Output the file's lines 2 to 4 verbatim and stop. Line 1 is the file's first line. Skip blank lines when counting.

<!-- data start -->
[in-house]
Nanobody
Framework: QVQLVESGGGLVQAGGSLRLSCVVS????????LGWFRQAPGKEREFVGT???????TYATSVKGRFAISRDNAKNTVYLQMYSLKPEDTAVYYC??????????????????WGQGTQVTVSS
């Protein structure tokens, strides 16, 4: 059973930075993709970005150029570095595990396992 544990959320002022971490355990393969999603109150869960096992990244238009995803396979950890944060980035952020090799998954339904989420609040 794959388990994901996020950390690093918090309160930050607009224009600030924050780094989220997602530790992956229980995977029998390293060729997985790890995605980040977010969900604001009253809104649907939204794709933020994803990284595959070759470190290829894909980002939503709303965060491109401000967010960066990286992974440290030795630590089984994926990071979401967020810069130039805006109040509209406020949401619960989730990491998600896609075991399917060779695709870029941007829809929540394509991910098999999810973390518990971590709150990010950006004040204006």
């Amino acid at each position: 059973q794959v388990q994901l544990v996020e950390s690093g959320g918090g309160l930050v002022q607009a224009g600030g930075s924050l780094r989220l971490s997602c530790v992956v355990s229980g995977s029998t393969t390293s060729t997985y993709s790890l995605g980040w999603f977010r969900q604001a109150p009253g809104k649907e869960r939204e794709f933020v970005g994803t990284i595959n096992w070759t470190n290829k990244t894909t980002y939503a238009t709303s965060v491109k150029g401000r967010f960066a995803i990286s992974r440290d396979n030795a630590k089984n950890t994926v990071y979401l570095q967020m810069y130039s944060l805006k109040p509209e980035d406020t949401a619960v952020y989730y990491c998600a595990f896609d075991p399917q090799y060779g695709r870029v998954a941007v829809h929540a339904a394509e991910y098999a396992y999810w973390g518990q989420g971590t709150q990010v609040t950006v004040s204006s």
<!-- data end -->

Nanobody
Framework: QVQLVESGGGLVQAGGSLRLSCVVS????????LGWFRQAPGKEREFVGT???????TYATSVKGRFAISRDNAKNTVYLQMYSLKPEDTAVYYC??????????????????WGQGTQVTVSS
């Protein structure tokens, strides 16, 4: 059973930075993709970005150029570095595990396992 544990959320002022971490355990393969999603109150869960096992990244238009995803396979950890944060980035952020090799998954339904989420609040 794959388990994901996020950390690093918090309160930050607009224009600030924050780094989220997602530790992956229980995977029998390293060729997985790890995605980040977010969900604001009253809104649907939204794709933020994803990284595959070759470190290829894909980002939503709303965060491109401000967010960066990286992974440290030795630590089984994926990071979401967020810069130039805006109040509209406020949401619960989730990491998600896609075991399917060779695709870029941007829809929540394509991910098999999810973390518990971590709150990010950006004040204006």